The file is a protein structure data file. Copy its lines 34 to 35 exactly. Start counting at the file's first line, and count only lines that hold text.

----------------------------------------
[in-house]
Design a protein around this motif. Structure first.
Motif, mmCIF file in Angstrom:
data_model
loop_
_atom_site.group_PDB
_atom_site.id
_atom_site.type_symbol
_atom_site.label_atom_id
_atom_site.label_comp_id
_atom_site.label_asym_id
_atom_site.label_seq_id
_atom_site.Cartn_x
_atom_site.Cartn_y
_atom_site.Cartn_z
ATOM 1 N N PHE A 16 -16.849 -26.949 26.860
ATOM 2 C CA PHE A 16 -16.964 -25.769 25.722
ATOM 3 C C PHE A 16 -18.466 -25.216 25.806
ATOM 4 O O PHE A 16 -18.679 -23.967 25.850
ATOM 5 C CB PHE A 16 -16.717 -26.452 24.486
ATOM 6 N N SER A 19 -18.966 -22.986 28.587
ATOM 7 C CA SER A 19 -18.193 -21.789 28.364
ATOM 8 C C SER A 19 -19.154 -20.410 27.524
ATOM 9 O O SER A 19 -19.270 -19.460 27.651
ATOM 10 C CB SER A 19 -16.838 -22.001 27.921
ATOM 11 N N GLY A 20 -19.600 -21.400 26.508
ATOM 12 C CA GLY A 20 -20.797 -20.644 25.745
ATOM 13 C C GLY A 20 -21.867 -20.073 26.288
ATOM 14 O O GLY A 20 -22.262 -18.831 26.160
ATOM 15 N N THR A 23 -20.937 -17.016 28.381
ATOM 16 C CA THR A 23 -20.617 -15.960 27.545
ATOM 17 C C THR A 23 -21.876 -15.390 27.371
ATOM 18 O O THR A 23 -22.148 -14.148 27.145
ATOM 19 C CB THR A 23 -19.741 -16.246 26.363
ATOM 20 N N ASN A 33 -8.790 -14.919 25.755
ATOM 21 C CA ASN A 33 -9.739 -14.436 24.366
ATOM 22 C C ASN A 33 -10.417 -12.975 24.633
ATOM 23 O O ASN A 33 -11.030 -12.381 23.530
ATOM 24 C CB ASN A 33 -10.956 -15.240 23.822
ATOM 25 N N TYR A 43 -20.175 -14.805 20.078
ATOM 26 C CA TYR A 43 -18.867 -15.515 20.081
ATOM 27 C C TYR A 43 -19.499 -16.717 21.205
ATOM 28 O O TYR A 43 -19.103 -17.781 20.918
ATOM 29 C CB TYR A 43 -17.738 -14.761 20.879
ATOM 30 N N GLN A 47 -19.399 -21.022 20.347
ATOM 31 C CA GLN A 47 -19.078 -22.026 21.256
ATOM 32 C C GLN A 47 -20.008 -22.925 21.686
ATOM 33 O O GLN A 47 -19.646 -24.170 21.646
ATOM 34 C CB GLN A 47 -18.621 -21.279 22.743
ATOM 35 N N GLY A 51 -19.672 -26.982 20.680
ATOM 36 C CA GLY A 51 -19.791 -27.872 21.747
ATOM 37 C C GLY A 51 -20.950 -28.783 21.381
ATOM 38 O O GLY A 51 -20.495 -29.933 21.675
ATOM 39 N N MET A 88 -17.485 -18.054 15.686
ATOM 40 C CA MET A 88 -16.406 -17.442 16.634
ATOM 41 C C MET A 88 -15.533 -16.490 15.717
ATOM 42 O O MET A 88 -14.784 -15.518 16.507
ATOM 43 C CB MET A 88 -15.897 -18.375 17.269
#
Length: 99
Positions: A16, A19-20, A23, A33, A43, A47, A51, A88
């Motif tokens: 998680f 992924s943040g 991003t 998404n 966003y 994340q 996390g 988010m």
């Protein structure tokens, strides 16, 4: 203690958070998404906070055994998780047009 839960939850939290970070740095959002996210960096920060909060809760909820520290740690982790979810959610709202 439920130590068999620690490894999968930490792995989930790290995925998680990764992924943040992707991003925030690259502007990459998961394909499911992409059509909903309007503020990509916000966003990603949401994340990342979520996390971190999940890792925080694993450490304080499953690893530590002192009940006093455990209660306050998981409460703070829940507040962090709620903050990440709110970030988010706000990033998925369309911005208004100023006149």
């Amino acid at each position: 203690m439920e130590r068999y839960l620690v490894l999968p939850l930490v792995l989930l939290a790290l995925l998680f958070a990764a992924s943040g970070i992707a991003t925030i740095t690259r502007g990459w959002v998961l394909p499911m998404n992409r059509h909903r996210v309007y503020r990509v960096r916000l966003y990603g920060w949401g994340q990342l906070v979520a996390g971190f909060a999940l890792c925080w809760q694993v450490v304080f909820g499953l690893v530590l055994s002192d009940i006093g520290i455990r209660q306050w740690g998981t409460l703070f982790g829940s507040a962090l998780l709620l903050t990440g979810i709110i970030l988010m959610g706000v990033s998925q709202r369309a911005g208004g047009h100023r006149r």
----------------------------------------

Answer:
ATOM 19 C CB THR A 23 -19.741 -16.246 26.363
ATOM 20 N N ASN A 33 -8.790 -14.919 25.755